After just a single exposure, Alex Boeder of Brew Hoop is fed up with watching Jason Collins:
Jason Collins is as bad as it gets, as far as starting NBA players go. And this is a night after watching Timofey Mozgov play center.

As if playing with sincere incredulity that he is in fact starting on an NBA team, Collins did most everything he could to show coach Larry Drew that he is completely out of his league: He started the game with an offensive foul on the team's first offensive possession. A couple minutes later, he passed right to John Salmons for a layup. This earned him a starting spot to kick off the second half, when it took him less than a minute to shoot the flatest shot I have seen this year. With 10 on the shot clock, he threw a wide-open 19-foot set shot at the hoop which, to be fair, did graze the right side of the rim.


CoCo said...

So it seems the bench came in and let the game get out of hand. How long were they allowed to play in order to accomplish this? At what point did the coach say, enough?

Bret LaGree said...

CoCo --

Powell, Crawford, et al played 7:20 straight across the first and second quarters and the Hawks were outscored by 19 points during that stretch.

Drew brought the starters back in (including Collins for 77 seconds) with 7:53 left in the first half. They were outscored by 8 more before halftime.

Unknown said...

Thank you ASG for making us a championship contender! Etan was a huge offseason acquisition and I couldn't be happier with his contributions thus far :)

CoCo said...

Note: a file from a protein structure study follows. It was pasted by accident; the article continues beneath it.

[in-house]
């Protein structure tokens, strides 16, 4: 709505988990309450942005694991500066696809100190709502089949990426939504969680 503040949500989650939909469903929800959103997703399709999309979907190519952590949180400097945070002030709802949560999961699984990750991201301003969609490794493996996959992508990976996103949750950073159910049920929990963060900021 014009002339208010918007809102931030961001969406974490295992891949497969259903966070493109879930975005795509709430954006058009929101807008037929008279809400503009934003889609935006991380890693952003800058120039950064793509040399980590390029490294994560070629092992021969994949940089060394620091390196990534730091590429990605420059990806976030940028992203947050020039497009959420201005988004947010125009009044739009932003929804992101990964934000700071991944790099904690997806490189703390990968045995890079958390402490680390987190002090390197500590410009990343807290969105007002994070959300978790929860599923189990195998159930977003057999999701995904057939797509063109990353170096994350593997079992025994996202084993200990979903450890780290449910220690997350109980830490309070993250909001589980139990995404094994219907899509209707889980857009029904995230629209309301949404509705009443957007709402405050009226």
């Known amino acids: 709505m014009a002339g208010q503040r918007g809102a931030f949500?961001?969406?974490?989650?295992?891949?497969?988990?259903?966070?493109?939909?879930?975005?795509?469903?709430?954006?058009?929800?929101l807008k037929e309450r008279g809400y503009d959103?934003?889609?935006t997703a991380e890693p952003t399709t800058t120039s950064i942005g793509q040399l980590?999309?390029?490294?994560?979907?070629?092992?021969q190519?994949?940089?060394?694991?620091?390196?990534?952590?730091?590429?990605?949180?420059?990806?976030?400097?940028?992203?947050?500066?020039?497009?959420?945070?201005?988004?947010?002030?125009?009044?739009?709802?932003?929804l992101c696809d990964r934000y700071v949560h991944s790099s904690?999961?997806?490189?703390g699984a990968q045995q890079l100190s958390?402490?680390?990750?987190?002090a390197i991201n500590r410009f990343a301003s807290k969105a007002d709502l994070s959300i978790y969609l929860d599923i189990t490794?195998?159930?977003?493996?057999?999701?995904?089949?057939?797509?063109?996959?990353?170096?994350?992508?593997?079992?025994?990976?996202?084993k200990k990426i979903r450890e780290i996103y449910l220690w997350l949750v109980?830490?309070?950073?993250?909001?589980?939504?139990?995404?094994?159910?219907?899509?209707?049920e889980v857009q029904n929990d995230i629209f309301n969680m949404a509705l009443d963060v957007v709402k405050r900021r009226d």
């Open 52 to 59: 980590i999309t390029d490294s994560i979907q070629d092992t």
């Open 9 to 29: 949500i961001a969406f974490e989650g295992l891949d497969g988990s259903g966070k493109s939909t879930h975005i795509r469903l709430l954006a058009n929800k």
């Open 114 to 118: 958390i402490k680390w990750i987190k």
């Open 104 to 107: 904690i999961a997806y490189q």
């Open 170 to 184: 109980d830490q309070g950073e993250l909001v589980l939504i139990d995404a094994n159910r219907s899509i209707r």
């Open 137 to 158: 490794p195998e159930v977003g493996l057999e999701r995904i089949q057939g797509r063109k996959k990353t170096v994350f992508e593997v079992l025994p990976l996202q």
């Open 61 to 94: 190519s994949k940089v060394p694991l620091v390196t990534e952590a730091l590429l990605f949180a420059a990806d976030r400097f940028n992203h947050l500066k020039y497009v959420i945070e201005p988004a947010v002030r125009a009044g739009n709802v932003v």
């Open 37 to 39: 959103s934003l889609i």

Hmmm, so it seems to me he has that mike Woodson tendency to stick to the original game plan regardless of the success. Unless it involves foul trouble.....

Mark Phelps said...

Drew was talking of trying Crawford at the 3, but getting posted up was an issue.

Am I crazy for thinking we should have Joe play more at the 3? He's tall enough, has good weight to not get pushed around, and is a reasonable wing defender.

I realize part of this issue stems from the fact that we'd have Bibby and/or Jamal in the guard slots, which would mean lack of defense at those positions, but if Teague & Jordan could help spell that with some D, it might work. Simply put, Joe fits closely enough to the prototype SF, whereas adding an extra big means that we have to expect some production out of Collins, Thomas, Powell, etc, which seems unlikely.

/armchair coaching.

Unknown said...

this is what happens when all your off-season acquisitions are made with an eye towards beating one team or one player ala d.howard (and ofcourse, we still didn't beat them)

to me prince's acquisition would make sense, we get a 3 who can be a defensive stopper and a floor spacer offensively...though i wouldn't want to lose williams or crawford...heres to dreaming that we can get prince for a pick and resign him to a reasonable contract, kinda like richard jefferson w/ the spurs